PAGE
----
2006-08 SOLO VIOLIN PROGRAM: "SOLILOQUY"

J. S. BACH
(1685 - 1750)

Partita, E major, BWV 1006 (1720)
   Preludio
   Loure
   Gavotte en Rondeau
   Menuet I and II
   Bourée
   Gigue

NICOLÒ PAGANINI
(1782 - 1840)

Caprices, M.S. 25, op. 1 (ca. 1805)
   No. 14, E-flat major
   No. 13, B-flat major
   No. 16, G minor

INTERMISSION

ANDREW IMBRIE
(1921-2007)

Soliloquy (1998)
   (written for Janet Packer)

EDMUND RUBBRA
(1901 - 1986)

Variations on a Phrygian Theme, op. 105 (1961)

DARIUS MILHAUD
(1892 - 1974)

Sonatine Pastorale (1960)

Program Description

From the graceful and spirited dances of J.S. Bach to the finest music of our own time, Soliloquy, a program of music for solo violin, celebrates the extraordinarily expressive power of music created for the solo violin over the last three centuries by composers in five countries.

The program opens with the E-major Partita (c. 1720), the most high-spirited of the three partitas that J.S. Bach wrote for solo violin.  The scintillating Preludio is followed by a sequence of dances in French style, ranging from the noble to the earthy.  This masterpiece utilizes the resonance of the violin’s highest string, E, to brilliant effect. 

To conclude the program’s first half, three Caprices (c.1805) by Schubert’s contemporary, Nicolò Paganini, display the virtuosity coming into vogue in the early nineteenth-century.  These musical gems demand not only an extraordinary technique but also the ability to recreate the elegance and charm of the period. 

Following intermission, audiences will have the rare opportunity of hearing Andrew Imbrie’s Soliloquy (1998) performed by the work’s dedicatee.  This thirteen-minute work of intense lyricism is the only composition for solo violin by the 85-year-old American master, whose music has been praised for its “profound integrity, ardent expression, and intense drive and conviction.”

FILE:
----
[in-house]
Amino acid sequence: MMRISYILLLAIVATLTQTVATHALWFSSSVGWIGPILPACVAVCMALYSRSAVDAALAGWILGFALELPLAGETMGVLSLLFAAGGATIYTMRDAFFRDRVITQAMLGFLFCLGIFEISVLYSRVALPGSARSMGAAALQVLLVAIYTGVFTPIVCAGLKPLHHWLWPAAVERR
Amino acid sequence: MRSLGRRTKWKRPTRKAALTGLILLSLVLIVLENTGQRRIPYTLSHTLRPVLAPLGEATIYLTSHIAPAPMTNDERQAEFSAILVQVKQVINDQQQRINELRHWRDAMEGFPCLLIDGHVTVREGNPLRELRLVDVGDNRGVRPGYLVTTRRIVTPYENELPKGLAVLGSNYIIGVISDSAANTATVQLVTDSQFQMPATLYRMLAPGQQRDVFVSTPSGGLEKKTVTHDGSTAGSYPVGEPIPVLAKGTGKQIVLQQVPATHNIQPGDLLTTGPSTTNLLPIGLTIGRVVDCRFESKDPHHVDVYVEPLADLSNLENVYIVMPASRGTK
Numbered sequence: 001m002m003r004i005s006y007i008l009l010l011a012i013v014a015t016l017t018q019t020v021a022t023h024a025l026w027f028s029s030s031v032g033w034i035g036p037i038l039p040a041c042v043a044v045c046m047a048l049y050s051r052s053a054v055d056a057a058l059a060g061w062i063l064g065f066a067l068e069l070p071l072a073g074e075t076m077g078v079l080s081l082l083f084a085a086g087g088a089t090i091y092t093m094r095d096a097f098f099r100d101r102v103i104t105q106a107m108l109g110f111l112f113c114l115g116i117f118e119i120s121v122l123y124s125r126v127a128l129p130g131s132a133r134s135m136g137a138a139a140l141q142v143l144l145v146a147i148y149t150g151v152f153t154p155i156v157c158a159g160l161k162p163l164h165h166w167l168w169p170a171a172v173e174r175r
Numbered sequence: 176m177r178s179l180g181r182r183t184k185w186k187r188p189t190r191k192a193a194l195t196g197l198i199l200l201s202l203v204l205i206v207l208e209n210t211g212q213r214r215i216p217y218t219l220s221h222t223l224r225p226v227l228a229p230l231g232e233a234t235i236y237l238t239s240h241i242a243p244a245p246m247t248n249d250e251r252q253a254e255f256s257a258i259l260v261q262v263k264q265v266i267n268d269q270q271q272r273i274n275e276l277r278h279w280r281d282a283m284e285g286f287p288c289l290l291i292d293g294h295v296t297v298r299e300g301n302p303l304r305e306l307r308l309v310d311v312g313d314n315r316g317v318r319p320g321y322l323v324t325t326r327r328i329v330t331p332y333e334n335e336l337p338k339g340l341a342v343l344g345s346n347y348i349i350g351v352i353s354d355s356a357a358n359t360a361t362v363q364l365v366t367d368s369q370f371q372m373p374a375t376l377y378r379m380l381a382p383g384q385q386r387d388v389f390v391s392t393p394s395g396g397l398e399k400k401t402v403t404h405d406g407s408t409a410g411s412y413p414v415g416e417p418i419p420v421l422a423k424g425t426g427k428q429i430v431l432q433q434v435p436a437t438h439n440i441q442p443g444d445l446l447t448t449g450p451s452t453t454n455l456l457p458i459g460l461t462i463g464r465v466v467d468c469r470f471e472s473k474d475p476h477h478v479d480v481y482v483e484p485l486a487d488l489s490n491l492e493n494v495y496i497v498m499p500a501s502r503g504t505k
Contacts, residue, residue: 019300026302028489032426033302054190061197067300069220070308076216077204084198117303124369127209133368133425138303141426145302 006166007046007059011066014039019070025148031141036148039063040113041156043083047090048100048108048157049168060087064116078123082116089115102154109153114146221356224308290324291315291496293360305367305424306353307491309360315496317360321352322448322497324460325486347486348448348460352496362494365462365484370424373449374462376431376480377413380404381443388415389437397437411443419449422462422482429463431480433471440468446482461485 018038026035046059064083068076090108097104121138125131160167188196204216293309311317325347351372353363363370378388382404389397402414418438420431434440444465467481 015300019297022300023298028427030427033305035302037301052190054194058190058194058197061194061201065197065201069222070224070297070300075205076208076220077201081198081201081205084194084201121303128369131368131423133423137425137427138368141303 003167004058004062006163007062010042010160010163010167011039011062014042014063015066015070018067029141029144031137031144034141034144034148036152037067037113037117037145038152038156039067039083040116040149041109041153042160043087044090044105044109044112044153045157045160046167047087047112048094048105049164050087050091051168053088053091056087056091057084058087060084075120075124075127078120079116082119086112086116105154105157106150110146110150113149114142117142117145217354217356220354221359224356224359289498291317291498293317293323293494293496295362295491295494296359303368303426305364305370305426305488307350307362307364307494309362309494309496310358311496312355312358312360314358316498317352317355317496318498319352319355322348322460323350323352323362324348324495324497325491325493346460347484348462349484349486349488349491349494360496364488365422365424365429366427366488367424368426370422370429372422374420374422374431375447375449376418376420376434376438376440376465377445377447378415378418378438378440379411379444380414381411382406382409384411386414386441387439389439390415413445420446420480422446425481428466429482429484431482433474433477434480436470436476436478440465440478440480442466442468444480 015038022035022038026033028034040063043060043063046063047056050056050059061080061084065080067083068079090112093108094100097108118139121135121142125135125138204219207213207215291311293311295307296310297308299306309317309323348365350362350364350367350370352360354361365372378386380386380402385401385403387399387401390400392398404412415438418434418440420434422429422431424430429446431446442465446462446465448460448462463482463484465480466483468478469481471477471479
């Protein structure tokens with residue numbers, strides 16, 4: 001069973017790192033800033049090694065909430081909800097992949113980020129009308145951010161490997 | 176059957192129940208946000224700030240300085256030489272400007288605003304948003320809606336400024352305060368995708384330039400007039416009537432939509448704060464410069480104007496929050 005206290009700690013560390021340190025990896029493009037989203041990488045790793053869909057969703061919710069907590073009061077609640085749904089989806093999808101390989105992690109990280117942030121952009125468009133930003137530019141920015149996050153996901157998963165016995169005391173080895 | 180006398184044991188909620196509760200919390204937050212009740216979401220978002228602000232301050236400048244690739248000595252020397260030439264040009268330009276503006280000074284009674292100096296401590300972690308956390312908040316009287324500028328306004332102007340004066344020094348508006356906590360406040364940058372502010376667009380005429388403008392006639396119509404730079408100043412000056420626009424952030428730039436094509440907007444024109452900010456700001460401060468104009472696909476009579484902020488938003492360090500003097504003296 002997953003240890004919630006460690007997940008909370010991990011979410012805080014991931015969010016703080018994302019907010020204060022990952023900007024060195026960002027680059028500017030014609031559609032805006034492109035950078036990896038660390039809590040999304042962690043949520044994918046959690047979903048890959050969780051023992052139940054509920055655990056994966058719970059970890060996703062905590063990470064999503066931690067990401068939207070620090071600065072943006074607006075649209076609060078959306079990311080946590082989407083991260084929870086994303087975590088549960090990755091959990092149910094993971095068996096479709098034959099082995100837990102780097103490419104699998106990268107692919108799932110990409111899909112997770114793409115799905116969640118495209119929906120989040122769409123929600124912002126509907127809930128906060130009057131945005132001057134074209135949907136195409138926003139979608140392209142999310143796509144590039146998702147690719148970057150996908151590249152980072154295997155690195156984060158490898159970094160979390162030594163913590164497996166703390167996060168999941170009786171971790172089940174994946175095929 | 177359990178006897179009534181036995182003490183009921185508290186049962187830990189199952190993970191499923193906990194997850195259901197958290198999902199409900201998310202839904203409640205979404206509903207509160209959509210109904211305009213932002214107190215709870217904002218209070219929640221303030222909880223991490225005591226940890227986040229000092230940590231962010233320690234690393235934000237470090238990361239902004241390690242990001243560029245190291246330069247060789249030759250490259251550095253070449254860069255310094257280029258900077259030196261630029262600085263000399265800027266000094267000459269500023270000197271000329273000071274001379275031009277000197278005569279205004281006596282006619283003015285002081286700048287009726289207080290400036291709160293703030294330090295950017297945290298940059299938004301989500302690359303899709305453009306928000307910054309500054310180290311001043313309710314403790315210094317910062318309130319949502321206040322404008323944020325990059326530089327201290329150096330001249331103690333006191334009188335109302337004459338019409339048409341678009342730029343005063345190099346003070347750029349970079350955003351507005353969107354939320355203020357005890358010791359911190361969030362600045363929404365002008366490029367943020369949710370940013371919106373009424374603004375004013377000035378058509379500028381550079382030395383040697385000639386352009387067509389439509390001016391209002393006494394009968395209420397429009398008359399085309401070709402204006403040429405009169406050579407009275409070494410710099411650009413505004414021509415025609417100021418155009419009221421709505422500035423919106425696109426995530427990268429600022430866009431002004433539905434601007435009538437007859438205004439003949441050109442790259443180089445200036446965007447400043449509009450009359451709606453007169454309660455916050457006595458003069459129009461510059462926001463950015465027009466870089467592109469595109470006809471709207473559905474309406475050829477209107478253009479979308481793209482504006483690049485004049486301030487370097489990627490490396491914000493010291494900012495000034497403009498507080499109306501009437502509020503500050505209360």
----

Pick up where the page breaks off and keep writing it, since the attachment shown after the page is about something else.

Variations on a Phrygian Theme was composed in 1961 by Edmund Rubbra (1901-1986).  A harmonically conservative work for its time, the twelve variations generate, in less than seven minutes, a remarkable range of moods and instrumental colors, culminating in a bravura ending.

The printed program concludes with the lovely four-minute Sonatine pastorale (1960), a late work of Darius Milhaud.  This musical bon-bon, infused with French lightness and clarity, ends with a Gigue, as did the Bach Partita which began the program.

Just as an actor delivers a soliloquy expressing his character’s innermost thoughts and feelings, the solo violinist, alone on stage, must communicate through her instrument the spectrum of emotions unique to each musical work she performs.

Program Notes

J. S. Bach: Partita, E major, BWV 1006 (1720)
Nicolò Paganini: Caprices, M.S. 25, op. 1 (ca. 1805), #14, #13, #16
Andrew Imbrie: Soliloquy (1998)